The northern hemisphere winter and southern hemisphere summer exhibited very mixed climate patterns, with below average temperatures in parts of the world. But the gradual introduction of updated “climate norms” gives rise to the question as to what is an average temperature.
For boreal winter, the region of most above average temperatures covered northeastern Canada, Greenland and the Arctic ocean, whereas Siberia stands out as the region with the most below average temperatures, according to a new climate report from Copernicus Climate Change Service implemented by the European Centre for Medium Range Weather Forecasts (ECMWF).
February temperature was much below the 1991-2020 average over much of the Russian Federation and North America, but much above average over parts of the Arctic and in a band stretching eastward from north-western Africa and southern Europe to China.
The contiguous USA had its coldest February since 1989. Based on preliminary data, 62 all-time daily cold minimum temperature records were broken from February 11-16 and 69 all-time daily cold maximum temperature records on February 15-16, according to the US National Oceanic and Atmospheric Administration.
February 2021 sea ice extent was below average in both polar regions, though not exceptionally so. In the Arctic, sea ice was most below average along northeastern Canada, with a mix along Eurasia, according to Copernicus Climate Change Service.
Negative Arctic Oscillation
February’s weather was influenced by a large scale and interconnected atmospheric circulation patterns and a recent meteorological event called a Sudden Stratospheric Warming Event high up in the Stratosphere, about 30 km over the North Pole.
The stratospheric warming event led to a weakening of the polar vortex, which is an area of low pressure and cold air surrounding the Earth’s North and South poles, with swirling westerly jet stream winds circulating around them. Typically, those winds are strong enough to keep the coldest air in the Arctic during the winter. The weakening allowed the cold air to spill out into the mid-latitudes, including the USA, and for the warmer air to enter the Arctic.
An index called the Arctic Oscillation measures the extent to which polar air is either held back in the Arctic or meanders southwards. A positive Arctic Oscillation indicates cold air is trapped in the Arctic; and a negative one means that cold air crashes south as the jet stream weakens.
Repeated disruptions of the polar vortex resulted in a strongly negative Arctic oscillation since early December 2020. This translated into a warm Arctic, cold continent pattern, with cold waves in Europe, as well as episodes of heavy precipitation particularly over southern Europe and the Mediterranean rim countries, and Atlantic storms.
The fact that February was a relatively cold month does not negate the long-term warming trend from climate change.
In general, cold waves are becoming more infrequent as a result of climate change and there has been a decline in new cold temperature records as a result of global warming. But frigid temperatures and snow will continue to be part of our typical weather patterns in the northern hemisphere winter.
In its Fifth Assessment Report, the Intergovernmental Panel on Climate Change said it is “virtually certain that there will be more frequent hot and fewer cold temperature extremes over most land areas on daily and seasonal timescales as global mean temperatures increase. It is very likely that heat waves will occur with a higher frequency and duration. Occasional cold winter extremes will continue to occur.”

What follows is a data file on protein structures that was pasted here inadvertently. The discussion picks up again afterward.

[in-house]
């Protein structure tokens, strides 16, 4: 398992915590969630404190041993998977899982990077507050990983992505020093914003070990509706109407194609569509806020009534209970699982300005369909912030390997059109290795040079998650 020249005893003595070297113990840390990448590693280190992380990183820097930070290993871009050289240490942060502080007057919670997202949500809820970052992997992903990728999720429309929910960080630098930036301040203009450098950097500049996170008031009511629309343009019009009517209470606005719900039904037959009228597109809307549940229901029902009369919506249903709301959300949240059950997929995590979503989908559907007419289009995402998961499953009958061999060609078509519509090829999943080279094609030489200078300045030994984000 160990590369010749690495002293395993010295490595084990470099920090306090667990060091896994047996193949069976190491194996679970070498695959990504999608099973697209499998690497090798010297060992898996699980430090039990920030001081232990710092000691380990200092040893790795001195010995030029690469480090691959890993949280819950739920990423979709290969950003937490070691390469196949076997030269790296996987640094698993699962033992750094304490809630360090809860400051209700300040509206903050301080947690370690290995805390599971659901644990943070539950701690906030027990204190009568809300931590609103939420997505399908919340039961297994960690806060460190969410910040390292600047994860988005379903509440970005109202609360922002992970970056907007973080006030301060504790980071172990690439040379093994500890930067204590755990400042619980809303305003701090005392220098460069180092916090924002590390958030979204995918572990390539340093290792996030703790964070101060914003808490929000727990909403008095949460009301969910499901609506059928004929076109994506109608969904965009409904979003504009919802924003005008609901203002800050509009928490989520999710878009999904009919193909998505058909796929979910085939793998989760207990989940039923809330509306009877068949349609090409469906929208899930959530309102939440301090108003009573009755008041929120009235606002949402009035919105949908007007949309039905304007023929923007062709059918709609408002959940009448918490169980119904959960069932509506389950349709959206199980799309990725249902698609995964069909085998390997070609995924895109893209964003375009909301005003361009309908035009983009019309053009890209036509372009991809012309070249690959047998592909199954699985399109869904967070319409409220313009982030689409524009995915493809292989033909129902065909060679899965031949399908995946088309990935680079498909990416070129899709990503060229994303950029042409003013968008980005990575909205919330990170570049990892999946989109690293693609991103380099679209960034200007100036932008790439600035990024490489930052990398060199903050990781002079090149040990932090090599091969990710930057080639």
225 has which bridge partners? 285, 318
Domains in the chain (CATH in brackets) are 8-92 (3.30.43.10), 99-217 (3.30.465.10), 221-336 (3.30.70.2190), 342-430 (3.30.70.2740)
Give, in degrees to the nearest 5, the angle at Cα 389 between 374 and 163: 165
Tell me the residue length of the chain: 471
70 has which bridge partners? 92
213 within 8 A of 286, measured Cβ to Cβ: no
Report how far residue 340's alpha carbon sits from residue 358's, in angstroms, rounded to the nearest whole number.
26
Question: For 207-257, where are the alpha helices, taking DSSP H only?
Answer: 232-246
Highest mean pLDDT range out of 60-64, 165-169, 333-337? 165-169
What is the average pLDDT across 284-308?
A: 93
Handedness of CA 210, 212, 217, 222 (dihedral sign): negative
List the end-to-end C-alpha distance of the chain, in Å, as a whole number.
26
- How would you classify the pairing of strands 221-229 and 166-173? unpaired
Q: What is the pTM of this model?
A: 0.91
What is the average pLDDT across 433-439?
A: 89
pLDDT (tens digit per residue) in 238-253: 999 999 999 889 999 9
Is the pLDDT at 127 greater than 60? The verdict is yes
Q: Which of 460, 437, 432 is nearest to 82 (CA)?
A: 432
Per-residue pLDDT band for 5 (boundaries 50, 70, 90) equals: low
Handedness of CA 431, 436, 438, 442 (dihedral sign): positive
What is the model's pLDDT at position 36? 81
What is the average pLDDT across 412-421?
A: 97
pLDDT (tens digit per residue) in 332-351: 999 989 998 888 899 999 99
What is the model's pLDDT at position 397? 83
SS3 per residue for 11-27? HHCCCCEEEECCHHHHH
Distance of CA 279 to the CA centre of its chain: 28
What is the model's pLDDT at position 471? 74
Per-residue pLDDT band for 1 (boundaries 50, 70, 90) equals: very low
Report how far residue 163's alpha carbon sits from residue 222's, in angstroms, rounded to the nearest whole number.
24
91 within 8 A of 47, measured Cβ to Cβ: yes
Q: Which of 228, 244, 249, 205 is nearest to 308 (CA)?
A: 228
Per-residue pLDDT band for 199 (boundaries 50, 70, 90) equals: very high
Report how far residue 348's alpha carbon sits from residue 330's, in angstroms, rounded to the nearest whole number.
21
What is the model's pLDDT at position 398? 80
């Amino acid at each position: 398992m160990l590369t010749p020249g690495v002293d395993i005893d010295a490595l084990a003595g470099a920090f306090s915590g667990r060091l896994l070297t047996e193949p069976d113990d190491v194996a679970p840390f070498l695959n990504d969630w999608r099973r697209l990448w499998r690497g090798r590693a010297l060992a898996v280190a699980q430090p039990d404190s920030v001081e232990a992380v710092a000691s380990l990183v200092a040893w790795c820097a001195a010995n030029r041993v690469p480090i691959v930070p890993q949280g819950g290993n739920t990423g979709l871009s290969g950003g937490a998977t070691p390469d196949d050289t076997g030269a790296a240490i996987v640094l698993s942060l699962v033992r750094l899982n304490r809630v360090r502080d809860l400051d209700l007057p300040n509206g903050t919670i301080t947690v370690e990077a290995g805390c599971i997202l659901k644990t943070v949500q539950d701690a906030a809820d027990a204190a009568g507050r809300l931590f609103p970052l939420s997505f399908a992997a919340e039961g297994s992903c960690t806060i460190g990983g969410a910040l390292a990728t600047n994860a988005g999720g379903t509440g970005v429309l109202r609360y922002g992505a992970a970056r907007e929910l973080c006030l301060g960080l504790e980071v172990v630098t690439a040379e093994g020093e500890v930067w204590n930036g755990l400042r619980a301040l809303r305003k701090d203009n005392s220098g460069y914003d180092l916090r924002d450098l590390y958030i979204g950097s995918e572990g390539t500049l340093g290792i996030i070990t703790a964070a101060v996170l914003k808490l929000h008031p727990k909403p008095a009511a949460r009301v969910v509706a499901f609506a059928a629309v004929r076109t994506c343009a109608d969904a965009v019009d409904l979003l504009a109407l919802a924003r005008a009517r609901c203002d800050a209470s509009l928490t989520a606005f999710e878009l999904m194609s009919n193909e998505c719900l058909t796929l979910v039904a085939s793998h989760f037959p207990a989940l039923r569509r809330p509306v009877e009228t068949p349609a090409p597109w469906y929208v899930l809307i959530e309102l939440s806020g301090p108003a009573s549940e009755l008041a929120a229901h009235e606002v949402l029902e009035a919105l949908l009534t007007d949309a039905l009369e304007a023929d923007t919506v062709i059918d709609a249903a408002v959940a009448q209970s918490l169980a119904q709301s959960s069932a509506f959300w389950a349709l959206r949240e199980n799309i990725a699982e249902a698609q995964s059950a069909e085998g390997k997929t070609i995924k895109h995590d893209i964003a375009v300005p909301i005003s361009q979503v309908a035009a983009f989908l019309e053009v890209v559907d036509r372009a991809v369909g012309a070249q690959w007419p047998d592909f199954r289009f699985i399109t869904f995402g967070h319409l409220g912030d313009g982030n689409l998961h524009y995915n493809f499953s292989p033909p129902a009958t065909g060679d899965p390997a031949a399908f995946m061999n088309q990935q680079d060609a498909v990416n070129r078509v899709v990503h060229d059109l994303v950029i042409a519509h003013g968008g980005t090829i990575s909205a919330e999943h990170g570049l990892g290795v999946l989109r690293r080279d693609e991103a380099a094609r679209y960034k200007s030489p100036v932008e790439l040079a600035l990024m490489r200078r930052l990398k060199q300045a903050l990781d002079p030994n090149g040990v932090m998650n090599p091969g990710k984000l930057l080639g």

Research is still continuing in how warming Arctic air masses and declining sea ice are affecting ocean circulation and the jet stream, thus impacting weather in mid-latitudes.
Greenhouse gas concentrations continue to rise. Mauna Loa station in Hawaii, which is used as a benchmark reference station, reported that average carbon dioxide concentrations in February were 416.75 parts per million, up from 413.4 parts per million in February 2020.
Globally, February 2021 was close to the 1991-2020 average, according to the Copernicus Climate Change Service, which has has recently switched to a new 1991-2020 baseline to calculate climatological averages. National Meteorological and Hydrological Services in Europe and some other parts of the world have also introduced the update. Others are expected to follow.
Human-induced global warming and natural variations from year to year, and decade to decade, shape our climate. So climatologists, use standard reference periods, as defined by the World Meteorological Organization (WMO), to create average ‘climate normals’ that represent what can be considered a typical climate for that period.
Until the end of 2020, the most current and widely used standard reference period for calculating climate normals was the 30-year period 1981-2010. WMO’s recent Services Commission meeting recommended that the new 30-year baseline, 1991-2020, should be adopted globally and pledged support to Members to help them update their figures.
It is necessary to update the climate normals to support decision-makers in climate sensitive sectors such as agriculture, health, energy, infrastructure and transportation. However, for the purposes of historical comparison and climate change monitoring, WMO still recommends the continuation of the 1961-1990 period for the computation and tracking global climate anomalies relative to a fixed and common reference period.
For the purpose of Paris Agreement on climate change and its temperature targets, WMO also uses the pre-industrial era as the baseline for tracking global temperature increase in its annual State of the Global Climate report. Thus, the average global temperature in 2020 was about 1.2 °C above the pre-industrial (1850-1900) level
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